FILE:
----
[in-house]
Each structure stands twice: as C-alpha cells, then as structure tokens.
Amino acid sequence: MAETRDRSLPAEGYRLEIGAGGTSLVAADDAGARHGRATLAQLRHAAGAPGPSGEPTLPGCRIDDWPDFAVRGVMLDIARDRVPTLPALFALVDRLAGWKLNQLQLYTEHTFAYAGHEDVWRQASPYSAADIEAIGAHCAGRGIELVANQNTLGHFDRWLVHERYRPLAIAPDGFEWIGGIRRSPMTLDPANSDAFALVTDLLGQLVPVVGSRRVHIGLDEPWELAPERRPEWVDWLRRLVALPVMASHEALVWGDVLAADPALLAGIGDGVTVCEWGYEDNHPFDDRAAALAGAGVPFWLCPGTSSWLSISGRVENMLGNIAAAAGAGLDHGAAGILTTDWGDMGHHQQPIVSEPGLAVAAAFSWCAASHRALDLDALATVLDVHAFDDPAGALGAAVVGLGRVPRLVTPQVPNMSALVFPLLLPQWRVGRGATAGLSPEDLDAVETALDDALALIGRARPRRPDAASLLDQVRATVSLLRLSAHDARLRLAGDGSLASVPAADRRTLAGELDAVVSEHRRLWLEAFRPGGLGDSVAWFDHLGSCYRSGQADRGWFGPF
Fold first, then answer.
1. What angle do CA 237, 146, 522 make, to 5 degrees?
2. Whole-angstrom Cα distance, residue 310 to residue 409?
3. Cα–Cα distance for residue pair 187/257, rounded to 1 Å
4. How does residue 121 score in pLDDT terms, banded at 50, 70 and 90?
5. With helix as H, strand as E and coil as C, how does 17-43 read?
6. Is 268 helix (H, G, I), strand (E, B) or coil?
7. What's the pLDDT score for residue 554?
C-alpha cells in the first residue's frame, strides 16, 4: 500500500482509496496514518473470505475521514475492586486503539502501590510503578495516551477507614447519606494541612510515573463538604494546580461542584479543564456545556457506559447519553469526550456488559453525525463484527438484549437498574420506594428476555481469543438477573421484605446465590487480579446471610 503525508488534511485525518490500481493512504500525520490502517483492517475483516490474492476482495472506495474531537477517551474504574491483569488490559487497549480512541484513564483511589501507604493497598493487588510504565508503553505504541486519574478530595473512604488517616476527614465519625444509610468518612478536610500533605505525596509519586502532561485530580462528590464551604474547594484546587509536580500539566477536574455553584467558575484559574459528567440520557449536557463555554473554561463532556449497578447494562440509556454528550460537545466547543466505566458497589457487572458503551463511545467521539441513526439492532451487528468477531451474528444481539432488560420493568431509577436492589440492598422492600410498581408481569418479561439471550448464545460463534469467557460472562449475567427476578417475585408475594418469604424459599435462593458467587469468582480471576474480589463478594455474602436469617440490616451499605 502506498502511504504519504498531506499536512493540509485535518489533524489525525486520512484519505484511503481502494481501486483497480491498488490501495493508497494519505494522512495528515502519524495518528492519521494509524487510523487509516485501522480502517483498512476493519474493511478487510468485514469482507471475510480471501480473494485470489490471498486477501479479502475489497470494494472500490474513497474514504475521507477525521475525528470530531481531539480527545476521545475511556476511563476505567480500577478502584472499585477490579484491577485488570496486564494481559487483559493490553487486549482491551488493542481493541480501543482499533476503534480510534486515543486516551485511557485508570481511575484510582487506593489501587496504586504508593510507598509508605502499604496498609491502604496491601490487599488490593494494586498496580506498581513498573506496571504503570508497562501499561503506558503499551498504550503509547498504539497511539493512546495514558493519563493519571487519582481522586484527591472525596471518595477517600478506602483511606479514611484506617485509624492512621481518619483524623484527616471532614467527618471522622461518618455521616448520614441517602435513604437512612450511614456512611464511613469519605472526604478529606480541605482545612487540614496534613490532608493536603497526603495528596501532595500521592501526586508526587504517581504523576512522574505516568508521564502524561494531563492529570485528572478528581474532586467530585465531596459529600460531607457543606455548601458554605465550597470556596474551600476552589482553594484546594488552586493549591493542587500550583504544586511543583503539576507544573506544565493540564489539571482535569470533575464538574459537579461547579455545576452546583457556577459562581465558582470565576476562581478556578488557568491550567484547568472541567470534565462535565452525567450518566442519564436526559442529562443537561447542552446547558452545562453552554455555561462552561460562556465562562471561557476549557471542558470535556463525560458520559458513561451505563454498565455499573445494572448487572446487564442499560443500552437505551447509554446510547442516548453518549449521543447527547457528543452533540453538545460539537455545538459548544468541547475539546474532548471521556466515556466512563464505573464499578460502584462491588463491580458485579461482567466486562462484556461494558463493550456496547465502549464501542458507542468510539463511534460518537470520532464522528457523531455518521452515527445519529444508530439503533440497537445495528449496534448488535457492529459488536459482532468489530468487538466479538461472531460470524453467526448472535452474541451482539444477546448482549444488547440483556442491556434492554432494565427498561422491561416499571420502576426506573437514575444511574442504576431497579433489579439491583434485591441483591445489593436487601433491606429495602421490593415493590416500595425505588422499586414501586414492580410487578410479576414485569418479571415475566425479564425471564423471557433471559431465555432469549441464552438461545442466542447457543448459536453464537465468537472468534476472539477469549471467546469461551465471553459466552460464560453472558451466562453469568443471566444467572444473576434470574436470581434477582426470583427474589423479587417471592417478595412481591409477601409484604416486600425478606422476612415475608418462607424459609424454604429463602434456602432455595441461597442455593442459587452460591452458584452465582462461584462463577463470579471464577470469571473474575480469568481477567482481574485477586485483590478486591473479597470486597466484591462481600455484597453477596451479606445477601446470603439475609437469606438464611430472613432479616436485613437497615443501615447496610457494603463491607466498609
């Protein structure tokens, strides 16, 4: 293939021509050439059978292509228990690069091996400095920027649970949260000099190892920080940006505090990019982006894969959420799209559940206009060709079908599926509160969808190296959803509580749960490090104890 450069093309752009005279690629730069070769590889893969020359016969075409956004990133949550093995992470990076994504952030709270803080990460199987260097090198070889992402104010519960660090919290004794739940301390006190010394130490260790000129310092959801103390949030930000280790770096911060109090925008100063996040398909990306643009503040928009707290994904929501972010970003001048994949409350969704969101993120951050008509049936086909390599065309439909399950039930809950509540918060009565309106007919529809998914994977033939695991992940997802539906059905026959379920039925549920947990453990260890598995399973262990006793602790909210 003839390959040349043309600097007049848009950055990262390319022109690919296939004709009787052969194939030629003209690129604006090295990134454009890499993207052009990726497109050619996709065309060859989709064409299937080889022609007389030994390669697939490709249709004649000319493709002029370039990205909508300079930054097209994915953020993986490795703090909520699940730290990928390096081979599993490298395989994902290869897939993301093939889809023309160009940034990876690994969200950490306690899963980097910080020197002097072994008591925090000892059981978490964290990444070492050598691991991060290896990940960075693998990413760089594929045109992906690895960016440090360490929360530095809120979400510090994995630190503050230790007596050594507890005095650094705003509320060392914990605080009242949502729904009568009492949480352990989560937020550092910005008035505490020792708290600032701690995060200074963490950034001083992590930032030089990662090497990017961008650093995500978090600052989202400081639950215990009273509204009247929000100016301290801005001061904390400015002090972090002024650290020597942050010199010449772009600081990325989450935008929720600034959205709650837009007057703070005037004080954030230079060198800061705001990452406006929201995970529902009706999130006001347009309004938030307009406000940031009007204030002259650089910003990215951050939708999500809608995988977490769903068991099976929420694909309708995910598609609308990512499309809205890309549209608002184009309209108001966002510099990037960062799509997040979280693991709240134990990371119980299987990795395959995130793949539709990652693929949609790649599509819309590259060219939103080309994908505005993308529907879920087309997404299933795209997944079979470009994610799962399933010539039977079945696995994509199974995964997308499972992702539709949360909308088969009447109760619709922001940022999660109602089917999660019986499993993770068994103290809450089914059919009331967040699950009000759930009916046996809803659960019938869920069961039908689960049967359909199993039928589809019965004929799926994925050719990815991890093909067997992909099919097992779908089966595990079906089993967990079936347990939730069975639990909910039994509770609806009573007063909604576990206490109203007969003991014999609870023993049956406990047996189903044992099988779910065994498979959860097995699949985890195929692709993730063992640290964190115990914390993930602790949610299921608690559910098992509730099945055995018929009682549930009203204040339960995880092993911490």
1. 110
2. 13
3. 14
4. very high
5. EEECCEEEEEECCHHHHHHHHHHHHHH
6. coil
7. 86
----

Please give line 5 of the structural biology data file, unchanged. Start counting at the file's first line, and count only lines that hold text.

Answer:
1. What angle do CA 237, 146, 522 make, to 5 degrees?